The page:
Many of the books' sub-characters are fully as memorable as the main ones. Particularly in Waking Rose, Rose's best friend and college roommate, and the endearing group of gentlemanly and boyish, if somewhat eccentric "Cor guys" are unforgettable.

It was after reading Waking Rose that I really realized one of the big potentials of these books. Eric Ludy, husband of Leslie Ludy (author of Authentic Beauty), has some excellent "Lessons on Manhood" articles in her book. In one, he explains about a book that heavily impacted his life, and his understanding of masculinity and strength. It was The Scottish Chiefs, a novel based on the true story of Scottish war heroes William Wallace and Sir Robert the Bruce. He testifies that the book left him with a new and powerful vision of manhood. And it was a book written by a lady. Eric says, "It was a woman with a correct vision of manhood that lit the flame of willingness within my heart to become all the God desired for me to be." (Emphasis his)

I'm convinced that Regina's novels have the exact same potential. Her masculine characters are strong, gallant, chivalrous, and yet very real. I know many other girls would join me in confirming that they exemplify exactly the kind of strength and values we hope and pray for in a future husband. I hope many, many young women continue to read these stores and treasure the beauty of pure romance and modern-day femininity that they depict. And I hope many, many young men also pick them up and catch hold of a vision of authentic masculinity fashioned after the ultimate manhood of Jesus Christ.

A glimpse of genuine femininity. A vision of authentic masculinity. A glimpse of pure, innocent romance and sacrificial love. The power of a few determined to fight evil. These books have the power to offer my generation a real wake-up call. And I hope we hear it.

Monday, October 15, 2007

Where I Was This Weekend

...Privileged to visit some dear friends and speak for some lovely events in Iowa.

Friday, October 12, 2007

"Lord, Grant Me... the Courage to Change"

Many of us would recognize those words from the "Serenity Prayer". Lord, grant me the serenity to accept the things I cannot change, and the courage to change the things I can, and the wisdom to know the difference.

How I love that word: serenity. defines it as "the state or quality of being serene, calm, or tranquil; sereneness".

Serenity. Tranquility. Peace. Even the very words seem to caress gently, to give an aura of what they imply. This morning, my confessor spoke to me at length about "finding peace". After some of what I've been through and struggled with the past few weeks, his direction in that healing Sacrament was so perfect this morning. (The Holy Spirit is a Master at that, you know? I can't tell you how many times the advice given me in Confession is exactly the balm, or challenge, or admonition I needed at that moment.)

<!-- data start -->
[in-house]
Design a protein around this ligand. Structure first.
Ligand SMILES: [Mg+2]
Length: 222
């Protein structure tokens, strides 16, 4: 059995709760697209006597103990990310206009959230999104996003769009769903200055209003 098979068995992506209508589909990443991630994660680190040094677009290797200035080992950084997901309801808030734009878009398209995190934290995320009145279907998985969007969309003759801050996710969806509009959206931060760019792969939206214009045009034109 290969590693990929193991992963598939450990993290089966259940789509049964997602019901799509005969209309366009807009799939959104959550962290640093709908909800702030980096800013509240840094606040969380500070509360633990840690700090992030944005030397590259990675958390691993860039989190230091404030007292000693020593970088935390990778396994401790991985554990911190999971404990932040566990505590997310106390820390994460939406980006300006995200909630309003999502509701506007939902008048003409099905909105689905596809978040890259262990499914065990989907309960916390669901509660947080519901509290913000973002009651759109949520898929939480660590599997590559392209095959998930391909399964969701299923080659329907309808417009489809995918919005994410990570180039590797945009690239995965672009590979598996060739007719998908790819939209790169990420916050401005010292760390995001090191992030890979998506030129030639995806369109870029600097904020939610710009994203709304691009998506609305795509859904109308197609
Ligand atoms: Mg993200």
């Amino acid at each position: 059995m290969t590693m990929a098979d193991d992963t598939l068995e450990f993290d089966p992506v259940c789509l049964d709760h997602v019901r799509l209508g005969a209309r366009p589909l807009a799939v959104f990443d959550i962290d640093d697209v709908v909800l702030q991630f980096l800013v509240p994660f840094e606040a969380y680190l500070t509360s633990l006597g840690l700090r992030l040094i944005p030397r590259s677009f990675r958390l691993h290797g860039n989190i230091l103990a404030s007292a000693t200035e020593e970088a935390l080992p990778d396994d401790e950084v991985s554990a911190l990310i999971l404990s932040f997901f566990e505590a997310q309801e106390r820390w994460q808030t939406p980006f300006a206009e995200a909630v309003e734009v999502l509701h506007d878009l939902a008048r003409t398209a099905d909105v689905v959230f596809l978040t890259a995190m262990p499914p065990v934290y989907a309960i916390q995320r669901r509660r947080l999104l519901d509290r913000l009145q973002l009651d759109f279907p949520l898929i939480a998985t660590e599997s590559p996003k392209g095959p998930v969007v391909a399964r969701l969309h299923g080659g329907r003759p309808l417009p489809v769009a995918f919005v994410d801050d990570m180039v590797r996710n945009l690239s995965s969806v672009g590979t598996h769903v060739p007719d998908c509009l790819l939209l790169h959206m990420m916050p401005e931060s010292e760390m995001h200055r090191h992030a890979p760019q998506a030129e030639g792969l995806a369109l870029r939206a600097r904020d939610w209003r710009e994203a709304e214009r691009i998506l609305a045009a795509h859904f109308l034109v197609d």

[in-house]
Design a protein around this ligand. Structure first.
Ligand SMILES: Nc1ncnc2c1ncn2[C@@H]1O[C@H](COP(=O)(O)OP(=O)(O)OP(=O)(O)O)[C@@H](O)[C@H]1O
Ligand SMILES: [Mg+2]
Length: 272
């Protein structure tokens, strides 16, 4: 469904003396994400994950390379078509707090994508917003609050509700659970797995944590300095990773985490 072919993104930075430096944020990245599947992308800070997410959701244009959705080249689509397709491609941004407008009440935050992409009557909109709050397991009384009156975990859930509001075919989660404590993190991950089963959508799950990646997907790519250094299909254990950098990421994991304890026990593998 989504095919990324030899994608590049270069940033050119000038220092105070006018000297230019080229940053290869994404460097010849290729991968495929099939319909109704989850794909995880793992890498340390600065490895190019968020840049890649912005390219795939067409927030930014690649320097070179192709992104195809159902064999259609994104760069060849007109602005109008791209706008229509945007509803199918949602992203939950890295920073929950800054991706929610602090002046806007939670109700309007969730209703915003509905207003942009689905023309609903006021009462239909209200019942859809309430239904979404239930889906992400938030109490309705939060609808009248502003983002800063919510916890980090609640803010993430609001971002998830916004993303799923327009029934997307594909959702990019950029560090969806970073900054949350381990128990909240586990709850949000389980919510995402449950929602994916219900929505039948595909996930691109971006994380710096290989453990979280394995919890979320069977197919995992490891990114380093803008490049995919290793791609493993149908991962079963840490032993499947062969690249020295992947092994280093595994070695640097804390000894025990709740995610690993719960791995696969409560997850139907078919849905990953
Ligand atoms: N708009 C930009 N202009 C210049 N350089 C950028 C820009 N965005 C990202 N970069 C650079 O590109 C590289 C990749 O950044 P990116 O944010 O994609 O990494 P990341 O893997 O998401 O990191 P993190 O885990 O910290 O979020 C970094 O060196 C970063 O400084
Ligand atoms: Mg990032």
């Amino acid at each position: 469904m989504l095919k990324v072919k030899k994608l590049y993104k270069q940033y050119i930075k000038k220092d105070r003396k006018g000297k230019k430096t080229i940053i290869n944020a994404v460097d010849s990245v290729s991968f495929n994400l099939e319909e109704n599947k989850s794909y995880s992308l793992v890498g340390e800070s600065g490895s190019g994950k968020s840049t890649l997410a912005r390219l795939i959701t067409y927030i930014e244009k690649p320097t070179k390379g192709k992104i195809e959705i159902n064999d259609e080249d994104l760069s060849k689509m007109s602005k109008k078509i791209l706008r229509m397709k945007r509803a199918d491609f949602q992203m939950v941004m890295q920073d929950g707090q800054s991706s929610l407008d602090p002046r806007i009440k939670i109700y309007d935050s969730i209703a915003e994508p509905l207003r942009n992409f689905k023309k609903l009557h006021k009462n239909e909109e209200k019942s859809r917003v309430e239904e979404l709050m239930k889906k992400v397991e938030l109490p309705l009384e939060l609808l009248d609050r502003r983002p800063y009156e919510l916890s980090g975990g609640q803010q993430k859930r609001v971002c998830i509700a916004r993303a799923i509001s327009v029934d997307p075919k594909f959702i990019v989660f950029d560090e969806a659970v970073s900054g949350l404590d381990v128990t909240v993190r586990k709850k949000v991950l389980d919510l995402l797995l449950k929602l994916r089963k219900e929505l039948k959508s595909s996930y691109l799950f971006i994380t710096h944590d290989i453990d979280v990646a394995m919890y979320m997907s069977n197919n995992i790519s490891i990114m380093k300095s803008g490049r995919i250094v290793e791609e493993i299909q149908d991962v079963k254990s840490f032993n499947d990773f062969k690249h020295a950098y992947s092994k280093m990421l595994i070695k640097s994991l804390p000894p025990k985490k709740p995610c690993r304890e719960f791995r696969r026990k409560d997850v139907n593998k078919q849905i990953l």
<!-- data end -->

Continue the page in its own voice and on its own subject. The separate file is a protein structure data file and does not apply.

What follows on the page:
My penance was to meditate on the words Lord, make me an instrument of Your peace. And oh, what a mediation those can be.

Lord ...Master, Teacher, Redeemer
make me ...transform, cleanse, create, purify me to become
an instrument who gives forth beauty when placed in Your Hands
of Your peace offer Your greatest gifts to the world.

Father pointed out beautifully the somewhat painful change all around us this season: trees letting go of their vibrant leaves, in order to go through a season of cold and healing in preparation for new and more fruitful growth. Immediately a quote sprang into my mind -- one posted on the sign outside a church a few blocks from our house --

When you are reluctant to change, think of the beauty of Autumn.

The Lord has been doing some pruning on me lately; He's showing me that I need to let go of some of my leaves to allow for new growth later. I may be reluctant to let them go, vibrant as they are. But if I trust enough, Spring, with all its glorious freshness and the burst of new life, will come.

Monday, October 08, 2007

Post Script on Braiding

Veronica kindly reminded me of a few more braid photos worth sharing... I did this 7-strand french braid on Sarah on our recent trip Out West.

Instructions for multiple odd-strand braids can be found in detail here.

Sunday, October 07, 2007

The Church is ALIVE!

I was so blessed today to visit St. Jude Parish in New Lenox, IL, where they'd invited me to be Mother Teresa for a few of their their Saint-themed Faith Festivals. And I walked away totally awed by the life, the joy, and the servant-attitudes abounding there. It's a huge parish with over 4400 families, and wow! What a vibrant one!

These Faith Festivals -- occuring every-other month and blended with the parish's Religious Education Program as a "Generations of Faith" approach -- are being so well-received that each of the 4 sessions so far (there are eight total; only two of them were today) have been filled to capacity, with waiting lists of those beyond the 350 they can handle per session. It did my heart good to see so many families, so many youth, so many generous organizers and volunteer youth... it was evident that a lot of planning, preparation, prayer, and hard work went into the events,
but the results were incredible. I came home filled with hope on this Respect Life Sunday: the Church is indeed alive. We have only to look with eyes of hope to see evidence of the springtime of Faith, the new Pentecost as the Holy Spirit continues to pour forth on his people!

Saturday, October 06, 2007

The long-ago promised post on...Hairbraiding

"And then she recalled Katy's voice saying: 'Braids round your head.'
'Of course', said Linda, 'that would be the thing to do...' "

- From "Her Father's Daughter" by Gene Stratton-Porter